Tuesday, March 22, 2016

Anything But Ask For Directions

["Let Inga Tell You," La Jolla Light, published March 23, 2016] © 2016

It’s a common stereotype that guys won’t ask for directions. But my husband has taken it to another level. He will absolutely Not Ask For Directions Ever Under Any Circumstances Period.

If I hadn’t been really aware of it before, I learned just how strongly he felt about it when I was meeting him at the downtown courthouse some years ago so that we could get our marriage license. I had looked forward to this moment for all eight years that Olof had been commuting down from the Bay area to San Diego on weekends. Now he’d finally been able to relocate here and we were getting married.

But 45 minutes after the appointed time, I was starting to get worried. Olof is never late. When he finally arrived, he was in an uncharacteristically foul mood. Olof is one of the most even tempered people you’ll ever meet. It then suddenly occurred to me the source of this massive unhappiness: unfamiliar with downtown San Diego, he’d been so lost he’d finally been forced to ask for directions.

This was the first and to this day only known instance in which he has done so. He also plans to never do it again.

I’ve written before that Olof and I are the Bobbsey Twins of Directional Disability. We can get lost getting to places we’ve been a dozen times. We can especially get lost finding places we’ve never been to before. This was definitely true during our two year work assignment in Europe a few years ago, and during the numerous side trips we took during that time. When we first got to our new European home, we were perpetually lost.

Now, one of us, when lost, will accost the nearest clerk or police officer or even friendly-looking person to ask for directions while the strategy of the other of us is to wander around aimlessly in a senseless idiotic stupor hoping to stumble upon wherever it is one is looking for. I will not say who is who.

One of us not only won’t ask for directions but can’t even bear to be within 50 yards of directions being asked. Just when the other one of us – okay, it’s me - would finally get some helpful local to point us in the right direction I would suddenly find that Olof was nowhere in sight. I’d look around, puzzled. “Hmm,” I’d say, “I’ve lost my husband.”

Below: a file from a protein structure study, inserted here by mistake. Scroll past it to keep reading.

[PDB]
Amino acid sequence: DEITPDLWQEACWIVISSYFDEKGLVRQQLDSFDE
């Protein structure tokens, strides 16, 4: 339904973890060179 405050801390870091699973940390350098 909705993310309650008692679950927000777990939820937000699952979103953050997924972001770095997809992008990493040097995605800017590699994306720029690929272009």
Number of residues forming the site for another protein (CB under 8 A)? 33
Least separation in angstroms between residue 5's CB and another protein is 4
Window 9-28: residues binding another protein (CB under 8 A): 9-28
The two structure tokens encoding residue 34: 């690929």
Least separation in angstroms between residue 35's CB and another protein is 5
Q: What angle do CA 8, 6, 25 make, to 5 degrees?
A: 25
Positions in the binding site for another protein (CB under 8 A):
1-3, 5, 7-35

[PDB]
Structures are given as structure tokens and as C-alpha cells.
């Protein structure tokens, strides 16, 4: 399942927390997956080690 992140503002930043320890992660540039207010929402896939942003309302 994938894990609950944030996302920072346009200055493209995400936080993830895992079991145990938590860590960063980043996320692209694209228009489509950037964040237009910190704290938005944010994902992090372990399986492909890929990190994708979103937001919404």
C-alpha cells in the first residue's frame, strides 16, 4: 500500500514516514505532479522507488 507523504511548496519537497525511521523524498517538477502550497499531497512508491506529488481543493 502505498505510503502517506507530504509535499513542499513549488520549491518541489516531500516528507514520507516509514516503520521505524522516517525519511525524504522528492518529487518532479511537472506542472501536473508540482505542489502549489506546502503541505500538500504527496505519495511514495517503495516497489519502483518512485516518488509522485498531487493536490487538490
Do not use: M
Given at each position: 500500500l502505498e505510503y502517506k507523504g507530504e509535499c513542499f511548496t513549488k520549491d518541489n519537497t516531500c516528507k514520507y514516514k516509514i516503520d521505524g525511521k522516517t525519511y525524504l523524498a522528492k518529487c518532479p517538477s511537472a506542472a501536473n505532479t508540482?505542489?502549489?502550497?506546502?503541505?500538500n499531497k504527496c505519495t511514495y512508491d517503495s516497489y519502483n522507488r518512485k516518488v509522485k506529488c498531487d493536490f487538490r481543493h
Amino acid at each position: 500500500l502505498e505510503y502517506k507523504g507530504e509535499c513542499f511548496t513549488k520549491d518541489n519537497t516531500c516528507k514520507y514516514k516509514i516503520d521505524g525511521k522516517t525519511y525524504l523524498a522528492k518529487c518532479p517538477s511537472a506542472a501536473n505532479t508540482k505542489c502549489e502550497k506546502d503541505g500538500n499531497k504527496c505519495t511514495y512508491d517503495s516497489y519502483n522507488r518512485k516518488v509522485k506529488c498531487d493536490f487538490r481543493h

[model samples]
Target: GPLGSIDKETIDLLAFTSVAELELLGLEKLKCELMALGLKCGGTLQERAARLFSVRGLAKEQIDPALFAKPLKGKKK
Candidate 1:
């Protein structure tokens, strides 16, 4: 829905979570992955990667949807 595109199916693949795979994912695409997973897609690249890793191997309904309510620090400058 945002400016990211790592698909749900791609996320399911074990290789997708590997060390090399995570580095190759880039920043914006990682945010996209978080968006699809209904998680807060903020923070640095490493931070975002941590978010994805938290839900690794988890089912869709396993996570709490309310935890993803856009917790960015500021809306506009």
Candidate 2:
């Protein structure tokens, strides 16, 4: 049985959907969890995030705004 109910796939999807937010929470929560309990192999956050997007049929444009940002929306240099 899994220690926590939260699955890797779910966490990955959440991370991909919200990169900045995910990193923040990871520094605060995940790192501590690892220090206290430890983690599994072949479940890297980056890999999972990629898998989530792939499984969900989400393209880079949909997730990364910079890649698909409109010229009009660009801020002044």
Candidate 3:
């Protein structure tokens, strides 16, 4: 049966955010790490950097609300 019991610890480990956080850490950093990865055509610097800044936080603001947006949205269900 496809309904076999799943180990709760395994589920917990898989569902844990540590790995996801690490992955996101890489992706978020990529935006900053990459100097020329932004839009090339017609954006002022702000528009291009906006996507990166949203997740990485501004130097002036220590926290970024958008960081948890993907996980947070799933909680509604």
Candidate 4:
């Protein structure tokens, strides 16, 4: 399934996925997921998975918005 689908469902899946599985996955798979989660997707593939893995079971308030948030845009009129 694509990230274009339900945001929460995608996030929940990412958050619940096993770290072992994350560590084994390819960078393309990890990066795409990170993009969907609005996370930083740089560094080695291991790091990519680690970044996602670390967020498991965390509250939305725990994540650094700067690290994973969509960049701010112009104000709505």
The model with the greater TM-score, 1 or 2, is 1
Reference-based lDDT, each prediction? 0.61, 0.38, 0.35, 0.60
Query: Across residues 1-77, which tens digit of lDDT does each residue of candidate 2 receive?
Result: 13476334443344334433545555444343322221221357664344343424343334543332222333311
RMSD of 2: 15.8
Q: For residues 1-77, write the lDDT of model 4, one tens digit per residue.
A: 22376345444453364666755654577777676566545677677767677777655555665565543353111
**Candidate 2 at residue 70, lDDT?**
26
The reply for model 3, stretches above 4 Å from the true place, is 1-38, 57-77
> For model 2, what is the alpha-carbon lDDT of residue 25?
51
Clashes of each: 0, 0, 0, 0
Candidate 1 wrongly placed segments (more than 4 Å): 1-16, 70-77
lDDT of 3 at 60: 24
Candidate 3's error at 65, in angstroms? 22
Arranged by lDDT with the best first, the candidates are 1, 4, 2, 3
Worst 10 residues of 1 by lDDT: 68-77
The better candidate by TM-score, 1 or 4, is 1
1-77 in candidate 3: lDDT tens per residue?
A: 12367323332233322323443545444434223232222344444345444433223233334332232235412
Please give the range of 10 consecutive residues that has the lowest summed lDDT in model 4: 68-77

“Tall guy? Baseball hat?”


“He’s over there, under that bridge.”

But this was all good practice for when we headed for a week-long trip to Norway, where our opportunities to get lost were exponentially greater. I would give Olof thirty seconds to disassociate himself from any suggestion that he and I were together before I accosted an airline clerk, railway ticket agent, or even hapless stranger. I wouldn’t have minded getting a little gratitude for this, but Olof persisted in believing that if given enough time, he could have figured out where we should go, and that asking for directions should be reserved only for the direst emergency circumstances, like the plane is leaving in two minutes and we’re in the wrong terminal. No, I’m not sure even that would be dire enough.

Taking the train from Milan to Lake Como on another trip some months later, it didn’t make sense to me that we would get off the train in Saronno going in one direction, then get on a train to Como which was seemingly going back in the direction from which we just came. Turns out that’s the way it is, but one wants to be sure. I hated to cause Olof pain, but I also wanted to take the train in the right direction. Olof, on the other hand, would rather get on the train to Chechnya than query this. When I pointed out that plenty of other people – yes, even persons of the male persuasion –were making a similar inquiry about the train direction, Olof simply sniffed, “yeah, and they’re probably wearing women’s underwear.” 

Of course, these days there are all sorts of map apps you can have on your phone, not that this would help Olof. I wear progressive lenses so that when Olof and I got really, really lost and ended up in parts of Old Tallinn that probably even the Estonians have forgotten about, I could actually read the fine print on a map. Olof does possess reading glasses but somehow those glasses end up getting left back at the hotel whenever he and I are strolling around a new city. Because to have to bring them out to read a map or an iPhone app would mean acknowledging that we were lost. Olof maintains he is never lost.

He is only temporarily misplaced. And that, he maintains, is a huge difference.


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